A common issue that arises is dealing with insurance companies over the names on insurance policies. Technically, insurance should held in the name of the owners of a property.
In the case of a trust, the legal owner on the title of a property is the trustee/s (while the beneficial owner is the beneficiaries). Clients tend to say “ the owner is the trust”, for example the “Smith Family Trust”. Assuming the trustees are Mary & John Smith and an independent trustee called XYZ Trustee Limited, the better description is “Mary Smith, John Smith and XYZ Trustees Limited as Trustees of the Smith Family Trust”. That’s a bit wordy, so alternatively the shorter version of “Mary Smith, John Smith and XYZ Trustees Limited” will legally suffice.A minute referring to the existence of the insurance policy or life policy in such circumstances, prepared and signed by the trustees, is prudent.
Watch for this issue to arise when dealing with life insurance companies particularly, as they will incorrectly say that trusts cannot own life insurance policies (and tell you to put the policies in the individuals' names). Literally they are correct - a trust cannot own a policy as it is not a separate legal entity.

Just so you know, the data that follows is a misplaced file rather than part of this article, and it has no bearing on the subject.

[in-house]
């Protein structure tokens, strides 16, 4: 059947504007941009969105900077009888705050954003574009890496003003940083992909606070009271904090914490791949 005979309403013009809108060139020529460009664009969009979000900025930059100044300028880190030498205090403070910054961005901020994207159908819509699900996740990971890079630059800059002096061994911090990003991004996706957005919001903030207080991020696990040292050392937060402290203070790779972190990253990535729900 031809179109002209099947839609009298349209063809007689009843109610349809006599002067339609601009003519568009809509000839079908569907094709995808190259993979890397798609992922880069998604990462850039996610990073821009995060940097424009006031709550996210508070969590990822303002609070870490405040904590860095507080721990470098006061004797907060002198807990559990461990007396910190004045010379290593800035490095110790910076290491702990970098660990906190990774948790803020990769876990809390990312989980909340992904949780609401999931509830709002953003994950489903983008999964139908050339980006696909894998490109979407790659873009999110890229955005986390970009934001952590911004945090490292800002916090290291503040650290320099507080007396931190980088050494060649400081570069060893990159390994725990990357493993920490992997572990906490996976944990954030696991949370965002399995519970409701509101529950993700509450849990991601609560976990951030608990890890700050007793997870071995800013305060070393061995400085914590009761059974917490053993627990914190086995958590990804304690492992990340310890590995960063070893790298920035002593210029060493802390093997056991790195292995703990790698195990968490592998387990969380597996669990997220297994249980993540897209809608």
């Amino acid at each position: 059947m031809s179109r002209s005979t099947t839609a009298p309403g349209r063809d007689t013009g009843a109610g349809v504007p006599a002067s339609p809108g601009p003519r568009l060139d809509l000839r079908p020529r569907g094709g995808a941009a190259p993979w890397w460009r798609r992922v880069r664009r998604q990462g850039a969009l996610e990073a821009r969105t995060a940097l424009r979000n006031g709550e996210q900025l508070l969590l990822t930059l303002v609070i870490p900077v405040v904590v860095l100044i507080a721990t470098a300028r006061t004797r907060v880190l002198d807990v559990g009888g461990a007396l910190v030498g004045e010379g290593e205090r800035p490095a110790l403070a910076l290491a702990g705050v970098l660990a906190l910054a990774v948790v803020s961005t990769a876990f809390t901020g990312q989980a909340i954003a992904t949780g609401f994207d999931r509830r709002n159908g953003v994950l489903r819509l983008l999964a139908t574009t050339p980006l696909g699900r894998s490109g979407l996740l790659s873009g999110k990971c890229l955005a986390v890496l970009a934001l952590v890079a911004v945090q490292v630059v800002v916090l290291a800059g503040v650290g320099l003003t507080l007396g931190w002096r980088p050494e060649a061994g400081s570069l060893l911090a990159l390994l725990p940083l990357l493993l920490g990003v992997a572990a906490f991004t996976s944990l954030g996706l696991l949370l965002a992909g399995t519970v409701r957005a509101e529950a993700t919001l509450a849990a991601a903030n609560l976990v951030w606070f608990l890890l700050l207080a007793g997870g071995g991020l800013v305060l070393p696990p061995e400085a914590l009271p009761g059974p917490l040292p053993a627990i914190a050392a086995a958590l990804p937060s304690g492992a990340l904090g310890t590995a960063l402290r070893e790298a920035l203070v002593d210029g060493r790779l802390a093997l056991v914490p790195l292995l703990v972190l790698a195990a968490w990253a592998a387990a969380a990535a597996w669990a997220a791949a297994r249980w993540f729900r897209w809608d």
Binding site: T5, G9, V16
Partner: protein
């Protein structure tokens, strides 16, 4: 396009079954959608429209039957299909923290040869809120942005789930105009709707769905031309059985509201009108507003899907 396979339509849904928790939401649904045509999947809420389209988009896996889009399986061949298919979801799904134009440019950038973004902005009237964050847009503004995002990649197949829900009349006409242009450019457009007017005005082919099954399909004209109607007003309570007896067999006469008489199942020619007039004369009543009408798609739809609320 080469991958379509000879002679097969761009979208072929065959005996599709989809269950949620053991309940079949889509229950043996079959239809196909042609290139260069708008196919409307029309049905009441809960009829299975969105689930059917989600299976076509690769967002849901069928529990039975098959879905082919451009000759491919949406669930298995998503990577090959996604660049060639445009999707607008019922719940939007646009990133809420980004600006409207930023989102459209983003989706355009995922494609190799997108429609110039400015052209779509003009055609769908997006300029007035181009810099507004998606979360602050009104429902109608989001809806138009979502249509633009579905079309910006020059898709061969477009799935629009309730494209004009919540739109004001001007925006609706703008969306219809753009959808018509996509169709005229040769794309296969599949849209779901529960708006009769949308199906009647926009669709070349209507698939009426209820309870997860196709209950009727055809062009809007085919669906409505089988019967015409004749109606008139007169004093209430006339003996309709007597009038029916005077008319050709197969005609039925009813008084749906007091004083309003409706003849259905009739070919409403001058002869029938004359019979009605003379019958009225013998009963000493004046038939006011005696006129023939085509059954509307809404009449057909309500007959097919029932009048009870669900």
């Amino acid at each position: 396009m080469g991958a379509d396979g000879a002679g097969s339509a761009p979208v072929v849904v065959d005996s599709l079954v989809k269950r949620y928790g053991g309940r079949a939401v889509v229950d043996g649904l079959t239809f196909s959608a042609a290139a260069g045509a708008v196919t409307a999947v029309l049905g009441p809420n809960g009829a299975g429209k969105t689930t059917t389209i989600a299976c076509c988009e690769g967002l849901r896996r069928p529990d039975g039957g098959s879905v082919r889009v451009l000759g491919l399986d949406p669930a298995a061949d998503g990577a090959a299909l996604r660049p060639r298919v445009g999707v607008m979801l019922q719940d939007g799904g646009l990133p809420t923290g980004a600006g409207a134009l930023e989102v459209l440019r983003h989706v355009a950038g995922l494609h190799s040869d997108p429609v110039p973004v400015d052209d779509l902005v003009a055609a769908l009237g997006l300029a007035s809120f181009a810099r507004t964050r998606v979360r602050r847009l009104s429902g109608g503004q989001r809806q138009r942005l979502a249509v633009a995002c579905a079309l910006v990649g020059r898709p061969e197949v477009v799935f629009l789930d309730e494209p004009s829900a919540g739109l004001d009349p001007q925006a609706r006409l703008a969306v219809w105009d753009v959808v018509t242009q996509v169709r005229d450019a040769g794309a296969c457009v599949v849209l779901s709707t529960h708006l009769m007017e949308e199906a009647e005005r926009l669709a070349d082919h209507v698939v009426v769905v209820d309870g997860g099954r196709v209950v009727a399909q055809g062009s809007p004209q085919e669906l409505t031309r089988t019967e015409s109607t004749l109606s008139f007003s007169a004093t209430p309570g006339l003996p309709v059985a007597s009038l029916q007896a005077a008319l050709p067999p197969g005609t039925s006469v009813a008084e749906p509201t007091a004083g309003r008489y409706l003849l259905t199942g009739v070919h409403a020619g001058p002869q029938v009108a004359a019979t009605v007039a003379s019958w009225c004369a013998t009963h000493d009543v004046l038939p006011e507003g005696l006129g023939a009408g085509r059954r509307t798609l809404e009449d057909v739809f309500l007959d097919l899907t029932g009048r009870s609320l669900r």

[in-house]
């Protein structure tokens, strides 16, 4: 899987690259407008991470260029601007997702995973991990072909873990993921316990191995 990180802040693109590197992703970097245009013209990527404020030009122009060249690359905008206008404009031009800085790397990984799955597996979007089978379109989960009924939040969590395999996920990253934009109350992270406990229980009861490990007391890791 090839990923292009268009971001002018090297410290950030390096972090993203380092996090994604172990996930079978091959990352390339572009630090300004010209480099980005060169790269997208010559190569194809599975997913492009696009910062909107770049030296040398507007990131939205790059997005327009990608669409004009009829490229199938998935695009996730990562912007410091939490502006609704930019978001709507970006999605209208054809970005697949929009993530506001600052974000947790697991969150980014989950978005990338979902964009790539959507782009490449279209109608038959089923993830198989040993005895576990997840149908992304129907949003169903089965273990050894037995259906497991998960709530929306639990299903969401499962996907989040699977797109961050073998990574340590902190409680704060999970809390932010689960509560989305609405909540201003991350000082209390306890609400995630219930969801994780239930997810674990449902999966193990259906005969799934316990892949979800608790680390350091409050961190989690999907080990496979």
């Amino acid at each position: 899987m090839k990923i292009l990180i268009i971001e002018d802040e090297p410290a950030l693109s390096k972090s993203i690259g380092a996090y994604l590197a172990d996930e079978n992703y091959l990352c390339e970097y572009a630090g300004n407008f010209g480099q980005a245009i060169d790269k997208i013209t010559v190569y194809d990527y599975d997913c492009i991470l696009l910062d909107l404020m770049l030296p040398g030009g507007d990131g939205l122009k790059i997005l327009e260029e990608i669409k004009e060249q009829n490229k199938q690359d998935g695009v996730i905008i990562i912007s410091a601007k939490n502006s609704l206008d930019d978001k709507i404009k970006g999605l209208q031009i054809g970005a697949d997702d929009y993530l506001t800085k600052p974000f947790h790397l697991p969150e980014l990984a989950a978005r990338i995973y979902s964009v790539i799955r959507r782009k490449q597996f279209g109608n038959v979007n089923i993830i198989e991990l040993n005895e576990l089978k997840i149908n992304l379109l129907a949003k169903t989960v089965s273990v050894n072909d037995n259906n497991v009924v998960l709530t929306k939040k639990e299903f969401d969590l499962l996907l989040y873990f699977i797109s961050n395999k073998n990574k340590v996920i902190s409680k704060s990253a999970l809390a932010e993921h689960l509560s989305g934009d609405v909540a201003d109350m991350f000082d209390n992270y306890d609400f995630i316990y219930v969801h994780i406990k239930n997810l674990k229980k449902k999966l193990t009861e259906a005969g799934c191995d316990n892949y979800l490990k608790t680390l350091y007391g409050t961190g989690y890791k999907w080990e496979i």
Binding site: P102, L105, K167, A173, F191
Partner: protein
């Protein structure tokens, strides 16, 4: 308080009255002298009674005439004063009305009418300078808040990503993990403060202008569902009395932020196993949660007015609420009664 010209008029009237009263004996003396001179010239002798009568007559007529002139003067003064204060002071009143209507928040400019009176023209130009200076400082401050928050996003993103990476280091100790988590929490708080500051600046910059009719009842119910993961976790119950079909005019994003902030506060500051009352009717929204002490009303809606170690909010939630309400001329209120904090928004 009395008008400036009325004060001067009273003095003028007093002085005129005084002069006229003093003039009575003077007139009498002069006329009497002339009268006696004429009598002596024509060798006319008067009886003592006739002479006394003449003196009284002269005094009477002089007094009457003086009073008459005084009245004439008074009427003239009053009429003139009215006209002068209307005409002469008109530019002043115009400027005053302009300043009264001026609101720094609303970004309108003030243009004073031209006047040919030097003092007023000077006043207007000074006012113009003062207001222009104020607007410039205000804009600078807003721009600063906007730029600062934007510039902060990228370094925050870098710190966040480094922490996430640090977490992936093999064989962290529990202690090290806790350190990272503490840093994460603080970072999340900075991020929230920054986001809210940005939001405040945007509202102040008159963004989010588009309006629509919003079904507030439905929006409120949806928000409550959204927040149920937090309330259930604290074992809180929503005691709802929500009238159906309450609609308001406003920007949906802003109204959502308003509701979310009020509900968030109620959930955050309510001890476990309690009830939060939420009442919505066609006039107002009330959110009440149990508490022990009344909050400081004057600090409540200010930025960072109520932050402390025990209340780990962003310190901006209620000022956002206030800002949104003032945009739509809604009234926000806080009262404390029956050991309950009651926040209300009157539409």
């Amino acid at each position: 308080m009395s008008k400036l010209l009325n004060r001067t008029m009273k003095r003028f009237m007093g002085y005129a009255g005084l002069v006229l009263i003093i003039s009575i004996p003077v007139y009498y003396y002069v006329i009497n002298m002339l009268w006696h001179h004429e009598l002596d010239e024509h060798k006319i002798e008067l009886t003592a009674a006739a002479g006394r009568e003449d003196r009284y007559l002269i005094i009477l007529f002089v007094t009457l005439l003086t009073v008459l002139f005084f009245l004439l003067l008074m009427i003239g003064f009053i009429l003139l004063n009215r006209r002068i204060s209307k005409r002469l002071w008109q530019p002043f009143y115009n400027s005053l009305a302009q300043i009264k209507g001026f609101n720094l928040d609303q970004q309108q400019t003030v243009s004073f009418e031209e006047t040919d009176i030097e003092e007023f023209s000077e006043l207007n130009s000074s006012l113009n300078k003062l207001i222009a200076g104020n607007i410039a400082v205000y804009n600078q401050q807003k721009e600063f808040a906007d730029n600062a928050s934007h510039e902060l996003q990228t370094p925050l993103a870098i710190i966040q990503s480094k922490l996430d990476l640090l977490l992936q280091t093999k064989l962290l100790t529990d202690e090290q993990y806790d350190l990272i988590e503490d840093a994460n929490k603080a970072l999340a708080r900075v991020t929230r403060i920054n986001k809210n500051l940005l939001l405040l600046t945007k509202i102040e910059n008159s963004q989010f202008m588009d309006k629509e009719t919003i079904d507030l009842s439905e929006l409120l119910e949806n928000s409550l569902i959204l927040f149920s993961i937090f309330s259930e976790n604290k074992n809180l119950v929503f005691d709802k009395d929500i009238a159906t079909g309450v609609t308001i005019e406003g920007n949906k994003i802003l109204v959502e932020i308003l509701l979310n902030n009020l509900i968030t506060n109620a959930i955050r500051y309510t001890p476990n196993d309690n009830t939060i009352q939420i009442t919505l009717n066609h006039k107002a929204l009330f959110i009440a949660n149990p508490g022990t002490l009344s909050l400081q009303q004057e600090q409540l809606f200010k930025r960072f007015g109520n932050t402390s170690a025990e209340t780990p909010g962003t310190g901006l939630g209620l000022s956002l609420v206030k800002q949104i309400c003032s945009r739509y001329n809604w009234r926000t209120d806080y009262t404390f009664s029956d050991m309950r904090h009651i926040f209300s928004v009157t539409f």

However, the trustees can jointly own a life insurance policy and we have many thousands of our clients’ life insurance policies held in trustees' names in this fashion. This can be better as it shelters the life policy from creditors’ claims in the event an insolvent estate is attacked by creditors.
In summary, if insuring trust assets or writing life policies in a trust’s name, write the insurance in the name of the trustees and you should have no issue. Also to find out more details about how to transfer your life insurance policies to your trust purchase Janet Xuccoa's book Family Trusts 101.